A touchscreen is an electronic visual display that can detect the presence and location of a touch within the display area. The term generally refers to touching the display of the device with a finger or hand. Touchscreens can also sense other passive objects, such as a stylus. Touchscreens are common in devices such as game consoles, all-in-one computers, tablet computers, and smartphones.
:The touchscreen has two main attributes. First, it enables one to interact directly with what is displayed, rather than indirectly with a pointer controlled by a mouse or touchpad. Secondly, it lets one do so without requiring any intermediate device that would need to be held in the hand (other than a stylus, which is optional for most modern touchscreens). Such displays can be attached to computers, or to networks as terminals. They also play a prominent role in the design of digital appliances such as the personal digital assistant (PDA), satellite navigation devices, mobile phones, and video games
A mobile phone (also known as a cellular phone, cell phone and a hand phone) is a device that can make and receive telephone calls over a radio link whilst moving around a wide geographic area. It does so by connecting to a cellular network provided by a mobile phone operator, allowing access to the public telephone network. By contrast, a cordless telephone is used only within the short range of a single, private base station.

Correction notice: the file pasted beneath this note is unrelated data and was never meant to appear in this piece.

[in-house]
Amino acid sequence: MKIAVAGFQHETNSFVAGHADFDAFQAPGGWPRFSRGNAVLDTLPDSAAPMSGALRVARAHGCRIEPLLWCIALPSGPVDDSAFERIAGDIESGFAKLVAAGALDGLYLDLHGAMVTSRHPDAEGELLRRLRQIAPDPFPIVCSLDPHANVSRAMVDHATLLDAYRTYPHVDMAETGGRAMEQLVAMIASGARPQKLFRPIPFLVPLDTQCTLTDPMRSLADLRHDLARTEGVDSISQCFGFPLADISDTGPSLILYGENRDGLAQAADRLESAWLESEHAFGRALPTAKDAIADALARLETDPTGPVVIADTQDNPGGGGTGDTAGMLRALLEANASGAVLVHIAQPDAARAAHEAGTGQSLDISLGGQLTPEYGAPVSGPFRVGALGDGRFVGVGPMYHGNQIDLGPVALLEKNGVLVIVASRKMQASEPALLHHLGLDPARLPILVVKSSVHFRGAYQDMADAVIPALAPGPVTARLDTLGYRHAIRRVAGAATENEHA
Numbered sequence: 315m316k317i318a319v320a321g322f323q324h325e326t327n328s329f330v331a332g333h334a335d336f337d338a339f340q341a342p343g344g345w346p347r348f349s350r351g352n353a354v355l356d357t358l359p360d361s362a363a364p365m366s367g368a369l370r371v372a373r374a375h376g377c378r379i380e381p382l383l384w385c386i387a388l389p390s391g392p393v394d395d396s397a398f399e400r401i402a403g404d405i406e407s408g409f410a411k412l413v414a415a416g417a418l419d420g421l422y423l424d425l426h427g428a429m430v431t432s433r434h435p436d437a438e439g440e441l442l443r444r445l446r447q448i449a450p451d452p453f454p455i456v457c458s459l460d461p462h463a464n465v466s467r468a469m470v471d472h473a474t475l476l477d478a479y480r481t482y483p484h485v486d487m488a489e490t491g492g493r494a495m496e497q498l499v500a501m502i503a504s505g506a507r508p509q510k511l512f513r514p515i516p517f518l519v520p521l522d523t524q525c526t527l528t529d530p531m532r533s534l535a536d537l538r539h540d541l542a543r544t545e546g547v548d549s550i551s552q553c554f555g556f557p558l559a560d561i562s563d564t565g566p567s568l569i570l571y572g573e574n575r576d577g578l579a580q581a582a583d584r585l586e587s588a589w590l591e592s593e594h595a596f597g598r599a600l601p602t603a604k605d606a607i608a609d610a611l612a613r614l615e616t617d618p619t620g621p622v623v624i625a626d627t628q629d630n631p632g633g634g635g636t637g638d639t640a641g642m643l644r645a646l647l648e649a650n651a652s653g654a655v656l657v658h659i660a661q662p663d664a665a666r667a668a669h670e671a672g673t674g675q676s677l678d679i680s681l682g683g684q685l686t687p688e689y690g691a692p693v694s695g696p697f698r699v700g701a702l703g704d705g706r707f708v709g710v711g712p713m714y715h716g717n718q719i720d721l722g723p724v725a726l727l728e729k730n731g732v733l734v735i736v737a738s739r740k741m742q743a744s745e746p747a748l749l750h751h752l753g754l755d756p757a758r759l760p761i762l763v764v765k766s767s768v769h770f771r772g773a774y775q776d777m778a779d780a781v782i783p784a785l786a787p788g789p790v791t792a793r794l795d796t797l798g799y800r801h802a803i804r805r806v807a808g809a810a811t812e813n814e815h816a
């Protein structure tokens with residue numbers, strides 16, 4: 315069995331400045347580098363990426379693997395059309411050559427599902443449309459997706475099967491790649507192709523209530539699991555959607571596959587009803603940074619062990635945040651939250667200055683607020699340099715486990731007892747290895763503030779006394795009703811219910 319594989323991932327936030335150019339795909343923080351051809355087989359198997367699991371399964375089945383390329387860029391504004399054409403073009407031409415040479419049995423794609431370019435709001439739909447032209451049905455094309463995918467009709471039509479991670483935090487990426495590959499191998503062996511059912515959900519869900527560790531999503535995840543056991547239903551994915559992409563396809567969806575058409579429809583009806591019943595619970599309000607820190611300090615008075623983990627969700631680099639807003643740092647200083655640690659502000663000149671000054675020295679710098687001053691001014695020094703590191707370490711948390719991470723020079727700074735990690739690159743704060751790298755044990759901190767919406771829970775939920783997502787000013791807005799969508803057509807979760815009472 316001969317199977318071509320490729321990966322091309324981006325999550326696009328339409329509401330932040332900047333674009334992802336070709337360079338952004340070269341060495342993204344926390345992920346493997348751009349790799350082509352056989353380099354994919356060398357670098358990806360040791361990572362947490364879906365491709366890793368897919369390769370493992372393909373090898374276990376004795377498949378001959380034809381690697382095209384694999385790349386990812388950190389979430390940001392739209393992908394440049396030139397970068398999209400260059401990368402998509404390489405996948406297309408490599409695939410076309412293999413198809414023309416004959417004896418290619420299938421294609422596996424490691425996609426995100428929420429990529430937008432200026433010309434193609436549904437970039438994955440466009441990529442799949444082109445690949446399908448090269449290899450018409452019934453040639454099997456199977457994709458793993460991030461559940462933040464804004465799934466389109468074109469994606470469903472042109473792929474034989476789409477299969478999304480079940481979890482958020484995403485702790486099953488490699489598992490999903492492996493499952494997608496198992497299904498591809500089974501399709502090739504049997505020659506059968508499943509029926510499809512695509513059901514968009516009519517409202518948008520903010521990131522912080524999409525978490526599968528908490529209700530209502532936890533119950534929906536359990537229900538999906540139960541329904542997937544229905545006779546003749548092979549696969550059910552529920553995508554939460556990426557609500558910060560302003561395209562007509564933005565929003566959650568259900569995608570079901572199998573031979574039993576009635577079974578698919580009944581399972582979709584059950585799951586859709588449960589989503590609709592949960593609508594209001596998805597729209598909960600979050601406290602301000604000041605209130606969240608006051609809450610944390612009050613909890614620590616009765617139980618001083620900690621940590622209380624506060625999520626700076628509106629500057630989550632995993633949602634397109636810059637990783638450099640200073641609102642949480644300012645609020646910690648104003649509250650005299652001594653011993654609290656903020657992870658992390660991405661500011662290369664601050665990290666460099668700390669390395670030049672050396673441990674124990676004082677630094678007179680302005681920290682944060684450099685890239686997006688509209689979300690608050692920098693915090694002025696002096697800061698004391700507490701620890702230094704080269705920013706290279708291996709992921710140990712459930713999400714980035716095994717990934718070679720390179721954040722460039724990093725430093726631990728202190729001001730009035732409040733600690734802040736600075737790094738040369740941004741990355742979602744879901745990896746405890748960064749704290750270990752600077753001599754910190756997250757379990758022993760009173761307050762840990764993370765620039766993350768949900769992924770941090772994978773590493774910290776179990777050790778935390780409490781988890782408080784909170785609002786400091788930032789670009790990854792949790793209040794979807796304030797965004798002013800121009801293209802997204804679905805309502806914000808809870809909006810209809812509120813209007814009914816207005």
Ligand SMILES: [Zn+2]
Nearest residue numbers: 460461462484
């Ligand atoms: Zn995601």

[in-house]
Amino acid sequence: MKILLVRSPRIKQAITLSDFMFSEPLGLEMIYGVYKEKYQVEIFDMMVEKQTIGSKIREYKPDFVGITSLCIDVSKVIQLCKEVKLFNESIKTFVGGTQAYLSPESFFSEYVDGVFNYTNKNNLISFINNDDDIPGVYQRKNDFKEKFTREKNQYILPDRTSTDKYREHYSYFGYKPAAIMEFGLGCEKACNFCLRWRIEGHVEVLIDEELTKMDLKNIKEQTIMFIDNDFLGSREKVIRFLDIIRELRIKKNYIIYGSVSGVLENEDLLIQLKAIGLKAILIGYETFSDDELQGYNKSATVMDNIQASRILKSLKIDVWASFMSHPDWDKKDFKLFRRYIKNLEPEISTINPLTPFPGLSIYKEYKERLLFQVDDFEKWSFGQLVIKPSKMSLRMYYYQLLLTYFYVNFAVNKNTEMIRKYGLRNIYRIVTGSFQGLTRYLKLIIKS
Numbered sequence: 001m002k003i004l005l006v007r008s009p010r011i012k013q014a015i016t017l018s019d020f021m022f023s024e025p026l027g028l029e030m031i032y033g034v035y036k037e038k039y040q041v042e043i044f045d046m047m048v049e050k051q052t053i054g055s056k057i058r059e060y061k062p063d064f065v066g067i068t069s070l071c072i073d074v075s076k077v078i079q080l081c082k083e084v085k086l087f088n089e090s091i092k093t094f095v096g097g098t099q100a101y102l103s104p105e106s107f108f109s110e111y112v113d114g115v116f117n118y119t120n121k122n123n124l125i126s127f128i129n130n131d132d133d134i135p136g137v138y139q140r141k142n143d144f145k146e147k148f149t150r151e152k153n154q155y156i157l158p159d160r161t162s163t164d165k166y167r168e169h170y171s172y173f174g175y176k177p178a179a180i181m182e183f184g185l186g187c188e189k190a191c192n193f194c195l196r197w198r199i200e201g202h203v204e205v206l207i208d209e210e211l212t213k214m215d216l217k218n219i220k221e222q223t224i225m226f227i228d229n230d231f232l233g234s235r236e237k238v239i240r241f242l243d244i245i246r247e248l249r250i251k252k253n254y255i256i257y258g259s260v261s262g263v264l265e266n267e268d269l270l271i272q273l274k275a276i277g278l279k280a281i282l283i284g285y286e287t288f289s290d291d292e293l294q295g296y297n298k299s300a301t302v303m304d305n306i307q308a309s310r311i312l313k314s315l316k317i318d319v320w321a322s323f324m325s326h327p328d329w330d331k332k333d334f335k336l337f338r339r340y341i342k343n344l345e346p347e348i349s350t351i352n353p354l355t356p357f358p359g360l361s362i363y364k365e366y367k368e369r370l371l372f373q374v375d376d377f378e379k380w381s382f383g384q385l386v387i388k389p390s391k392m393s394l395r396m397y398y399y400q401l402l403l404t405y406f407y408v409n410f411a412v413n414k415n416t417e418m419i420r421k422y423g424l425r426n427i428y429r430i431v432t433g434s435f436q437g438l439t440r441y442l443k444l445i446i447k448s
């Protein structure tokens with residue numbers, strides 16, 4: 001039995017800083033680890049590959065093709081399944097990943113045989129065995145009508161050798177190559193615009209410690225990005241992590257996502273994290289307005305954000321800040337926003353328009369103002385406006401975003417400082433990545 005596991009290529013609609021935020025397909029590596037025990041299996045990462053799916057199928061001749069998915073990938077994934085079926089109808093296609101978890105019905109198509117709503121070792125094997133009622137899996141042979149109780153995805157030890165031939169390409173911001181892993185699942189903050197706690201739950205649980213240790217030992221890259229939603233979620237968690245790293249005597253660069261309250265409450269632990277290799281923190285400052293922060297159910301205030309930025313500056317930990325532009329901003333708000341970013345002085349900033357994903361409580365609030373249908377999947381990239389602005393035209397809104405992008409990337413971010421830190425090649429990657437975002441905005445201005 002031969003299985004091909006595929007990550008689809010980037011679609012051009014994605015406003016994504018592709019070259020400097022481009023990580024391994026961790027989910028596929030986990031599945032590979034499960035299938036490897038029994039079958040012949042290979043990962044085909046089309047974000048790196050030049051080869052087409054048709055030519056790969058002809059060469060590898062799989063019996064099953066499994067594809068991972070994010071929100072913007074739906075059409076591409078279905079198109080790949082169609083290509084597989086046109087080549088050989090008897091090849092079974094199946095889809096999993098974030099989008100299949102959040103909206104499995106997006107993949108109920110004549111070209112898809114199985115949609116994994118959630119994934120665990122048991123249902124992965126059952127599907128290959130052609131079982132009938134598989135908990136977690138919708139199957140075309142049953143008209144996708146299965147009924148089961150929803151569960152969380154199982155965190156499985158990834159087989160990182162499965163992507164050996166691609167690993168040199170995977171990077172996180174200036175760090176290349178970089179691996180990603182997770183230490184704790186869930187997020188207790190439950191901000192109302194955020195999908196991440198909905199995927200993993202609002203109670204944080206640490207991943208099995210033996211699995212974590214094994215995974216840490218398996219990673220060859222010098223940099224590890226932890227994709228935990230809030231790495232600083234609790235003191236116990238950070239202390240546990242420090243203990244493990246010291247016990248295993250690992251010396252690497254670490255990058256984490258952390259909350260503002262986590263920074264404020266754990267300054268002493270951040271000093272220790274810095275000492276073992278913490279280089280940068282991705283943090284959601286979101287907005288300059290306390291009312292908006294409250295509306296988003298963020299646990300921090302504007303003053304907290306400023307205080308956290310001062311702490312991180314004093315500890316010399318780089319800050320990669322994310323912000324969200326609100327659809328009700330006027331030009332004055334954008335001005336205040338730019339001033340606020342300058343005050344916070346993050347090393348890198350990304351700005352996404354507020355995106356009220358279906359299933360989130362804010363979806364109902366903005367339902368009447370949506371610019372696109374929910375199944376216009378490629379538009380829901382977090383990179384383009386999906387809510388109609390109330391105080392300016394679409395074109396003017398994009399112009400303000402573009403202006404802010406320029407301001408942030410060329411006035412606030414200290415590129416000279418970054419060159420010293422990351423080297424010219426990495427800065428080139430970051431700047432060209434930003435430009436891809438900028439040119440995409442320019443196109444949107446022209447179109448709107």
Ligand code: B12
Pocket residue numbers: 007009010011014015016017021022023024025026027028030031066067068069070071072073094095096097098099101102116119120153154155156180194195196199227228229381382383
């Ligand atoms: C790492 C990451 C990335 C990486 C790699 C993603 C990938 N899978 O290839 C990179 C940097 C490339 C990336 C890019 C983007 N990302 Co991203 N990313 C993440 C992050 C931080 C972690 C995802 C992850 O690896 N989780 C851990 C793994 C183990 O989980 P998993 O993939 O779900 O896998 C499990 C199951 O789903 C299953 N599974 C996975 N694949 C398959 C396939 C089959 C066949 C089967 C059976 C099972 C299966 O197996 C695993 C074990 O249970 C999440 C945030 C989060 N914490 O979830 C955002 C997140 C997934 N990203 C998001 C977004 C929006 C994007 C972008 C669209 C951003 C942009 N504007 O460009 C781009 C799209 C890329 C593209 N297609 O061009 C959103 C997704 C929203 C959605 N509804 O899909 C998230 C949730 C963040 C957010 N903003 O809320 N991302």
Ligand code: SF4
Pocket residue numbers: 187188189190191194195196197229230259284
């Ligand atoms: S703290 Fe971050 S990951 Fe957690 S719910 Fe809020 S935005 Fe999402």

In addition to telephony, modern mobile phones also support a wide variety of other services such as text messaging, MMS, email, Internet access, short-range wireless communications (infrared, Bluetooth), business applications, gaming and photography. Mobile phones that offer these and more general computing capabilities are referred to as smartphones
A video game is an electronic game that involves human interaction with a user interface to generate visual feedback on a video device. : examples of these are personal computers and video game consoles.
<ul><li>The first touch screen was a capacitive touch screen developed by E.A. Johnson at the Royal Radar Establishment, </li></ul><ul><li>Touchscreens have subsequently become familiar in everyday life. Companies use touchscreens for kiosk systems in retail and tourist settings, point of sale systems, ATMs, and PDAs, where a stylus is sometimes used to manipulate the GUI and to enter data </li></ul>